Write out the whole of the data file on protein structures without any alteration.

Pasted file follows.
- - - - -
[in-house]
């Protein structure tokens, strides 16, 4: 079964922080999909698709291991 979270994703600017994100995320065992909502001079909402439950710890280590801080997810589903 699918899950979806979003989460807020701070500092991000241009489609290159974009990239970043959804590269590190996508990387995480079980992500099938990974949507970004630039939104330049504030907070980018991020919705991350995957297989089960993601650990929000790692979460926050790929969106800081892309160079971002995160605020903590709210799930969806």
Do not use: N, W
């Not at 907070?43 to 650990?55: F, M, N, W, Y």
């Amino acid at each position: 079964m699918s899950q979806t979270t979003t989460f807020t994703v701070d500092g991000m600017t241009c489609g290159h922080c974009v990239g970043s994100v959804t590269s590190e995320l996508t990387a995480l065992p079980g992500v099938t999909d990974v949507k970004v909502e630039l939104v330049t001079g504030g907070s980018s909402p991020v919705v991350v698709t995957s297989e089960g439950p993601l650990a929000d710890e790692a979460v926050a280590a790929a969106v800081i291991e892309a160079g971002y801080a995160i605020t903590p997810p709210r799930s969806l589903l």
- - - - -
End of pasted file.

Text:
[in-house]
């Protein structure tokens, strides 16, 4: 079964922080999909698709291991 979270994703600017994100995320065992909502001079909402439950710890280590801080997810589903 699918899950979806979003989460807020701070500092991000241009489609290159974009990239970043959804590269590190996508990387995480079980992500099938990974949507970004630039939104330049504030907070980018991020919705991350995957297989089960993601650990929000790692979460926050790929969106800081892309160079971002995160605020903590709210799930969806």
Do not use: N, W
């Not at 907070?43 to 650990?55: F, M, N, W, Y």
């Amino acid at each position: 079964m699918s899950q979806t979270t979003t989460f807020t994703v701070d500092g991000m600017t241009c489609g290159h922080c974009v990239g970043s994100v959804t590269s590190e995320l996508t990387a995480l065992p079980g992500v099938t999909d990974v949507k970004v909502e630039l939104v330049t001079g504030g907070s980018s909402p991020v919705v991350v698709t995957s297989e089960g439950p993601l650990a929000d710890e790692a979460v926050a280590a790929a969106v800081i291991e892309a160079g971002y801080a995160i605020t903590p997810p709210r799930s969806l589903l």